Recognition Of Chiral Substrates Using Novel Chiral Cu(II) And Zn(II) Complexes

Date

2018

Authors

De Angelis, Luca

Journal Title

Journal ISSN

Volume Title

Publisher

Abstract

Enantioselective recognition is a key step in chiral resolution and transformation in biological, pharmacological and industrial processes. Coordinatively unsaturated chiral metal complexes with desired chemical properties are good candidates as chiral receptors to discriminate between coordinating enantiomeric analytes. In an effort to understand such recognitions and develop new catalysts, new chiral bi- and tridentate carboxylate rich ligands and their Zn(II) and Cu(II) complexes have been synthesized. The ligands and metal complexes have been characterized using several spectroscopic techniques such as NMR, ESI-quadrupole/TOF-MS and UV-Vis. Relentless effort in growing single crystal of the complexes suitable for X-ray diffraction is underway. Based on 1H and 13C NMR and UV-Vis investigation, the metal complexes have shown enantioselectivity towards biologically relevant substrates such as chiral amino acids and sugars. Substrates under investigation range from simple L/D alanine to the more complex sugars such as L/D glucose, L/D mannose and L/D xylose, as well as the polyalcohol xylitol. Based on the pKapp values and observed coordination induced shifts (CIS) the metal complexes Zn[S-15]- favors D-sugars and Zn[S-14]- shows a greater chiral recognition than their R counter parts toward the S chiral guest substrates such as L-alanine and L-phenylalanine. Although, the supramolecular interaction between Zn[R-13]- and sugars present a less chiral recognition than what we reported in 2015 using a chiral ligand such as 17.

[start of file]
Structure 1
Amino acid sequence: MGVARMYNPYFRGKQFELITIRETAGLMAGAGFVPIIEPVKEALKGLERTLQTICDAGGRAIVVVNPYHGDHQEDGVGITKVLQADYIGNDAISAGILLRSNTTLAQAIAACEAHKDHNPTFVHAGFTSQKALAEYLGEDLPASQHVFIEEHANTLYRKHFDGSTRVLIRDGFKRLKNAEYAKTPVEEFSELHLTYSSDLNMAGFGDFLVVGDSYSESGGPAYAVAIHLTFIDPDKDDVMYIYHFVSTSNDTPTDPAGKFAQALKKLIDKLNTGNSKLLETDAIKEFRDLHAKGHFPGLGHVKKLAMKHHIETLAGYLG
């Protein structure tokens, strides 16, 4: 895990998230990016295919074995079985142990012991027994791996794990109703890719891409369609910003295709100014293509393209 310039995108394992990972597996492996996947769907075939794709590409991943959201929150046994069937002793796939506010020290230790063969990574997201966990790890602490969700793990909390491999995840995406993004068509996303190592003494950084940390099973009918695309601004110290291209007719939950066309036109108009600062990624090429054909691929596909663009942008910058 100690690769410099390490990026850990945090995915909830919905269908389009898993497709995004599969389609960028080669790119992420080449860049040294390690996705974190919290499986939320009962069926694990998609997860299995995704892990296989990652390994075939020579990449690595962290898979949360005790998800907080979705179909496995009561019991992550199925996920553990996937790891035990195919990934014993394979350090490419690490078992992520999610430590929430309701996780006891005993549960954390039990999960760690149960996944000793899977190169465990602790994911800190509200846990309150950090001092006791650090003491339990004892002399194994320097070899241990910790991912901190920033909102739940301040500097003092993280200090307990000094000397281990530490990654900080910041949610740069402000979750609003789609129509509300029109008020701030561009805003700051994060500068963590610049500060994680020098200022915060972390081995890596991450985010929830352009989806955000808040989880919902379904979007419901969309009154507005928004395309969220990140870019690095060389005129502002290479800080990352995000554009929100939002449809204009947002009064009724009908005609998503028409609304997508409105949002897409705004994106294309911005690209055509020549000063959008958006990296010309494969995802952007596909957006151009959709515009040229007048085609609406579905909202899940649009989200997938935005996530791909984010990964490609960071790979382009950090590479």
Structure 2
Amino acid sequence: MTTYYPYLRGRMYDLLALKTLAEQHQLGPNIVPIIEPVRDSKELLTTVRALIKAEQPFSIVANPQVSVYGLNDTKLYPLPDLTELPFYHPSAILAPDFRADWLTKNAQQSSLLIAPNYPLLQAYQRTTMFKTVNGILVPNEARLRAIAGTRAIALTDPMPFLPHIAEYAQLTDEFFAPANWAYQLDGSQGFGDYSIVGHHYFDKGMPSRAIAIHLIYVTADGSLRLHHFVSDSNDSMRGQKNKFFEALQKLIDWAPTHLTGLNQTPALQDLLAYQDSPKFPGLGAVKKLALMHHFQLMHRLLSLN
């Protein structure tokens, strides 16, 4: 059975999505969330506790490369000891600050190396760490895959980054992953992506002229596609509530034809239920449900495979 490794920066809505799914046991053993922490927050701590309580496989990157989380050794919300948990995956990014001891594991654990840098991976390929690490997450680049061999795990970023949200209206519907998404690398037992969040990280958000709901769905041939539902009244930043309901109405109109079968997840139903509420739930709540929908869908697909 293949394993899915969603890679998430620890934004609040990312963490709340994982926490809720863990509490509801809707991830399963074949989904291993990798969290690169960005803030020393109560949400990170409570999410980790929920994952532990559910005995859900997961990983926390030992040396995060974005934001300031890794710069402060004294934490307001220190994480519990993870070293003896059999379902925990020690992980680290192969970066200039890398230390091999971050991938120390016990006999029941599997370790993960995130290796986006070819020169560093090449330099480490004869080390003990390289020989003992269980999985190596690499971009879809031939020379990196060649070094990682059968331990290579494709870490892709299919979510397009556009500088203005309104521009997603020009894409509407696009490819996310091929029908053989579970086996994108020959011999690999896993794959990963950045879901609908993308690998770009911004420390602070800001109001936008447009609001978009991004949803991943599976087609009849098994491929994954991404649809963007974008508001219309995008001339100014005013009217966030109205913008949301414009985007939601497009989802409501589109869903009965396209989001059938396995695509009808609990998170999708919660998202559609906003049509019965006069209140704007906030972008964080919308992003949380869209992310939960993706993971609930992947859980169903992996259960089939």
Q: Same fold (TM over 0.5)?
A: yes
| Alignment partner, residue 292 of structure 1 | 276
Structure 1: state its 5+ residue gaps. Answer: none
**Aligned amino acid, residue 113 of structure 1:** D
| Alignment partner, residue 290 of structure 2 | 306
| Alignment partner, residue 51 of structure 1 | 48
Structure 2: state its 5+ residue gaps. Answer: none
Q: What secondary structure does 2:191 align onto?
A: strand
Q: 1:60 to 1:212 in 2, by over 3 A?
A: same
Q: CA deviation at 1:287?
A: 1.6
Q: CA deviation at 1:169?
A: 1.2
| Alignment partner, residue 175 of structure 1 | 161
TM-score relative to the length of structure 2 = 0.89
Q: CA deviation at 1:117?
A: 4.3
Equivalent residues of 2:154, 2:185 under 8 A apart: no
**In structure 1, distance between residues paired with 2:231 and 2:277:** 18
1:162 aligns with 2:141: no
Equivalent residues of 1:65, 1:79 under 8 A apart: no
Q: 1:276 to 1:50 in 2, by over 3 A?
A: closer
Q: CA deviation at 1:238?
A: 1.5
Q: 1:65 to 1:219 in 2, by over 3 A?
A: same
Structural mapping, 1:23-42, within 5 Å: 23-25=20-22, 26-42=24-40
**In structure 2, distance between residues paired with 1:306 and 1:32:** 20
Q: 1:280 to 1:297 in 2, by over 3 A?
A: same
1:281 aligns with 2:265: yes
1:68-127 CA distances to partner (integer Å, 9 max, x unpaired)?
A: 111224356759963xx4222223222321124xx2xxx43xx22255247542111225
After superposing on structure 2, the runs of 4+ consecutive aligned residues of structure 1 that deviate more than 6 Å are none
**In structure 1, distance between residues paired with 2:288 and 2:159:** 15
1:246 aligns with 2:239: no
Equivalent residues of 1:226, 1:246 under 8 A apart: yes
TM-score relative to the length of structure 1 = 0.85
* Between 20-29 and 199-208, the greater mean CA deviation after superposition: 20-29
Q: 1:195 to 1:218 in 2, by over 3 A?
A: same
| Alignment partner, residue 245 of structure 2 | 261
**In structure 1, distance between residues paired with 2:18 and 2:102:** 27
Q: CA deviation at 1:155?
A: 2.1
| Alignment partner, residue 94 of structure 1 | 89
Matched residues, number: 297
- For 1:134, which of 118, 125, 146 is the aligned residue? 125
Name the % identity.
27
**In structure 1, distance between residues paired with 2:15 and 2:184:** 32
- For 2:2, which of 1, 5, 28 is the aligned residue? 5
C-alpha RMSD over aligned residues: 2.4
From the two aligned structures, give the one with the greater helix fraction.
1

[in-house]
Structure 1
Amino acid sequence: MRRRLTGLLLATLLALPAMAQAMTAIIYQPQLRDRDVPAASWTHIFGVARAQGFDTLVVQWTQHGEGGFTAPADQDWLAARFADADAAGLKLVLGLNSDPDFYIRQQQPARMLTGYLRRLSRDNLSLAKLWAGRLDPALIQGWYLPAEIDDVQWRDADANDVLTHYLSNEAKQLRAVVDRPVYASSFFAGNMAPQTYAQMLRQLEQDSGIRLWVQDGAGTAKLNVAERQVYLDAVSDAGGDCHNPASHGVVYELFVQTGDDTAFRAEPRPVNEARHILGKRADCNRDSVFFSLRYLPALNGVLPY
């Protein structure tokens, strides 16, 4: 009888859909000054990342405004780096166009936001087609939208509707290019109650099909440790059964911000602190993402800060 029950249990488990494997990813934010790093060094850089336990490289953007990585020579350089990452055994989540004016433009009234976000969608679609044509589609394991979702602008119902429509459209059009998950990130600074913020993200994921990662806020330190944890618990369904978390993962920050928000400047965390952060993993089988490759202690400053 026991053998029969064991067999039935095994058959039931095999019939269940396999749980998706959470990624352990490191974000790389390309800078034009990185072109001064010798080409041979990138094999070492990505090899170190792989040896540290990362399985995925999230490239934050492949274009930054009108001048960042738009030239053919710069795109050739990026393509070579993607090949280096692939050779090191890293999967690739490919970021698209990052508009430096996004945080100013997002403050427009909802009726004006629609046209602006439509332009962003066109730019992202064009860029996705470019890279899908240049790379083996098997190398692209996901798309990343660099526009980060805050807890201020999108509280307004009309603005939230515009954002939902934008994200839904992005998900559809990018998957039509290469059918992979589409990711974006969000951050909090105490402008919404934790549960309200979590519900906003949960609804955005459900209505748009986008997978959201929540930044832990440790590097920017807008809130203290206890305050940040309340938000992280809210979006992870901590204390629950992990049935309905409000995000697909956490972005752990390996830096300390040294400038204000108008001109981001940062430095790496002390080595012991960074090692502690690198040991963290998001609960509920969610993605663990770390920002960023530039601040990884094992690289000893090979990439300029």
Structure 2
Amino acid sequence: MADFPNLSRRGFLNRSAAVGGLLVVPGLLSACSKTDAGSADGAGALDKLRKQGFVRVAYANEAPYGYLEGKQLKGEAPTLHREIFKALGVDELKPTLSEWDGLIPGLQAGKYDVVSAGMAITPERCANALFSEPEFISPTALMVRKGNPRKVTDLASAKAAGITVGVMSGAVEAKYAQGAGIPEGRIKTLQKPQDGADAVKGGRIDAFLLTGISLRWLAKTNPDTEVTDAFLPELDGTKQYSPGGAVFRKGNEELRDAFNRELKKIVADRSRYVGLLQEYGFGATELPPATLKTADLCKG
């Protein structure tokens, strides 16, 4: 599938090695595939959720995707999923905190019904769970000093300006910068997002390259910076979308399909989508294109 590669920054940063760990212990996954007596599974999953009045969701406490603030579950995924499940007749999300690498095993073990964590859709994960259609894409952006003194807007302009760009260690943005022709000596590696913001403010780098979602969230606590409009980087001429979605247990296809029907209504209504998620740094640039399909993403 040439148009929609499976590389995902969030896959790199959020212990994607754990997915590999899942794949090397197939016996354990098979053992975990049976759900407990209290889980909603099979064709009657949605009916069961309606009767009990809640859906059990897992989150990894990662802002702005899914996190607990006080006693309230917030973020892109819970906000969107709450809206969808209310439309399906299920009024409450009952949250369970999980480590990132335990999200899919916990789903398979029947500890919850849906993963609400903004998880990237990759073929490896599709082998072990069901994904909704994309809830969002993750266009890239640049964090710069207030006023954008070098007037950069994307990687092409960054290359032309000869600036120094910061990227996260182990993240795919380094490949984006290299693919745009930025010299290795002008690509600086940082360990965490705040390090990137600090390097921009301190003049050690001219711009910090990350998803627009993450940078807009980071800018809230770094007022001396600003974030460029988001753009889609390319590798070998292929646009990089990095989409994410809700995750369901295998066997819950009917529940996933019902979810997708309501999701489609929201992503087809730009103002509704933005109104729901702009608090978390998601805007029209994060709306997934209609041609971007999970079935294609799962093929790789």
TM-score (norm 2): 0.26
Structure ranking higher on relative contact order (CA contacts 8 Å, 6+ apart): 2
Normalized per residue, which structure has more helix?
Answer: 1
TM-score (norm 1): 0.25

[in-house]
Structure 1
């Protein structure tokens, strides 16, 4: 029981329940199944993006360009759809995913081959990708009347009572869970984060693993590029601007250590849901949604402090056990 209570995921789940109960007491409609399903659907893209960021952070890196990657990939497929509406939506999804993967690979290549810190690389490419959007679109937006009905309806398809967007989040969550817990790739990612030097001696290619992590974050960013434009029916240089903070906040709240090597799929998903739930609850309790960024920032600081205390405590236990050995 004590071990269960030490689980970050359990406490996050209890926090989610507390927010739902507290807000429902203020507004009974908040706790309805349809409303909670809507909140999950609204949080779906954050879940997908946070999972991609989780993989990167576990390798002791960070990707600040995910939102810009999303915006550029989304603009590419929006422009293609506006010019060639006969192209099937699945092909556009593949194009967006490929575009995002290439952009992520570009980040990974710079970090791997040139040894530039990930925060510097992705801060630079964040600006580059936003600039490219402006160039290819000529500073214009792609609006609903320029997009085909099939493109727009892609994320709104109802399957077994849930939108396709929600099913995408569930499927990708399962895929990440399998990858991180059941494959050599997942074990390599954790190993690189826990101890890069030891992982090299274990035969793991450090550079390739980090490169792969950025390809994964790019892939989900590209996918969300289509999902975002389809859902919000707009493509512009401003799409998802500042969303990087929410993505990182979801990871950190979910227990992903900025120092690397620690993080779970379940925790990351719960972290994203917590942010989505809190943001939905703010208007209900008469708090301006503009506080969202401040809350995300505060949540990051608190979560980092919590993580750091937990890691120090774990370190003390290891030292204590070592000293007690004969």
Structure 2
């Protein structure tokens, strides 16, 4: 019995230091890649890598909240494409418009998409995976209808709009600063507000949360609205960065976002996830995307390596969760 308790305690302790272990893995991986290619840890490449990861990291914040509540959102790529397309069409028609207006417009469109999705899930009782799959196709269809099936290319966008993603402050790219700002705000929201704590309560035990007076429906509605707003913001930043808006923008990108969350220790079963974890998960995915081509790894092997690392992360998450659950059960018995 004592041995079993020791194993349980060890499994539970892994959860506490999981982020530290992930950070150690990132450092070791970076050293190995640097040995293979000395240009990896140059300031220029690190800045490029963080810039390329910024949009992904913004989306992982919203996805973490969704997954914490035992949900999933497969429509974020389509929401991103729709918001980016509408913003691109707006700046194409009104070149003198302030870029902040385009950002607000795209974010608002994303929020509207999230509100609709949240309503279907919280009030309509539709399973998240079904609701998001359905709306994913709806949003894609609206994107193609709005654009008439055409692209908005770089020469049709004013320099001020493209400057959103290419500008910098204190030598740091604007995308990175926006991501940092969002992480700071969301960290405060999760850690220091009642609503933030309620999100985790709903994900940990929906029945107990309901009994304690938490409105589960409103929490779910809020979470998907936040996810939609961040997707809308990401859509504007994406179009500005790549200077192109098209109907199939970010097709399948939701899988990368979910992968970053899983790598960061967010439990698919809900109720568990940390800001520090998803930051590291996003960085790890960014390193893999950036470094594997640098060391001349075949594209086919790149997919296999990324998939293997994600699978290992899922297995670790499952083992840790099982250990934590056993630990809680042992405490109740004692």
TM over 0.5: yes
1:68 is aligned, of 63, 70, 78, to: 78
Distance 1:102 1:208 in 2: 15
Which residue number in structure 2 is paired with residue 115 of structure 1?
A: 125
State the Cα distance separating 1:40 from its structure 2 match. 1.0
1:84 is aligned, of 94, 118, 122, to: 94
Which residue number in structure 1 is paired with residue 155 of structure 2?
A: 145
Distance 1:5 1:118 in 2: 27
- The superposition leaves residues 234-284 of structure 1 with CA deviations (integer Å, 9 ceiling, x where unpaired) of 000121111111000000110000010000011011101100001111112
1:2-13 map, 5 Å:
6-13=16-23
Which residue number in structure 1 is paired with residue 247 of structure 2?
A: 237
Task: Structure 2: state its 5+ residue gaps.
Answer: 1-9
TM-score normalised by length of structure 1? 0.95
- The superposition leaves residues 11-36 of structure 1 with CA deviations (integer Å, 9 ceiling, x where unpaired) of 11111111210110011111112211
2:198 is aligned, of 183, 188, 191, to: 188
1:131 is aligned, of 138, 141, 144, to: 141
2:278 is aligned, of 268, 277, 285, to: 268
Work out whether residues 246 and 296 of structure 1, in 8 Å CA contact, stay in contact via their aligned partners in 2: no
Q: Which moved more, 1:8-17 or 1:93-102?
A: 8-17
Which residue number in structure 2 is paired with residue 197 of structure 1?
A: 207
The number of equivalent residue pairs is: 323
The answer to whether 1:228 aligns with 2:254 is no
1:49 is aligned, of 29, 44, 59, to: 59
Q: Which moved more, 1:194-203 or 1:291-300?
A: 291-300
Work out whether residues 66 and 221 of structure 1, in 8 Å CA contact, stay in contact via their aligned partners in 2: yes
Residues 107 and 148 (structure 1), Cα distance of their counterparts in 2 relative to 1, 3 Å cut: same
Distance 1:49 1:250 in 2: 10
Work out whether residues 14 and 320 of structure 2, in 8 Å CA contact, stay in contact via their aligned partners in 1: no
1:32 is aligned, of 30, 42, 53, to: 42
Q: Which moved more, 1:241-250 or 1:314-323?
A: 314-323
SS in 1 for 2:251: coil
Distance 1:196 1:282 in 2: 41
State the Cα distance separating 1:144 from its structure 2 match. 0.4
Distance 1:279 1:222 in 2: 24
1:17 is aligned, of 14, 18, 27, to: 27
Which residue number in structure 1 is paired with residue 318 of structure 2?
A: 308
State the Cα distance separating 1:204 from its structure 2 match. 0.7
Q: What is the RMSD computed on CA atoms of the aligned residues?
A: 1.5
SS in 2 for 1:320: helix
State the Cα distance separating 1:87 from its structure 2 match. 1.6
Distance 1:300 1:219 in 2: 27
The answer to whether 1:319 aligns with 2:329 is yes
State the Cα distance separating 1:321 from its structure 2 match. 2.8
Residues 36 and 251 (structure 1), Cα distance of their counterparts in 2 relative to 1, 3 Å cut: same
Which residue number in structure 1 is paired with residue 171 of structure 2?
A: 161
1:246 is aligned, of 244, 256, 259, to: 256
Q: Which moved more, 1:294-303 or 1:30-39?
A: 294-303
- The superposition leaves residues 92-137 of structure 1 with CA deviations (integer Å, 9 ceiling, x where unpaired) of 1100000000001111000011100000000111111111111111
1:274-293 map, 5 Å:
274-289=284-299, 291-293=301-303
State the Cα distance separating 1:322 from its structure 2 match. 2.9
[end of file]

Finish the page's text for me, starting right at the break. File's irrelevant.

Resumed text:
Description

This item is available only to currently enrolled UTSA students, faculty or staff. To download, navigate to Log In in the top right-hand corner of this screen, then select Log in with my UTSA ID.

Keywords

amino acids, apparent binding constant, chiral recognition, sugars, Zn Cu metal complexes

Citation

Department

Chemistry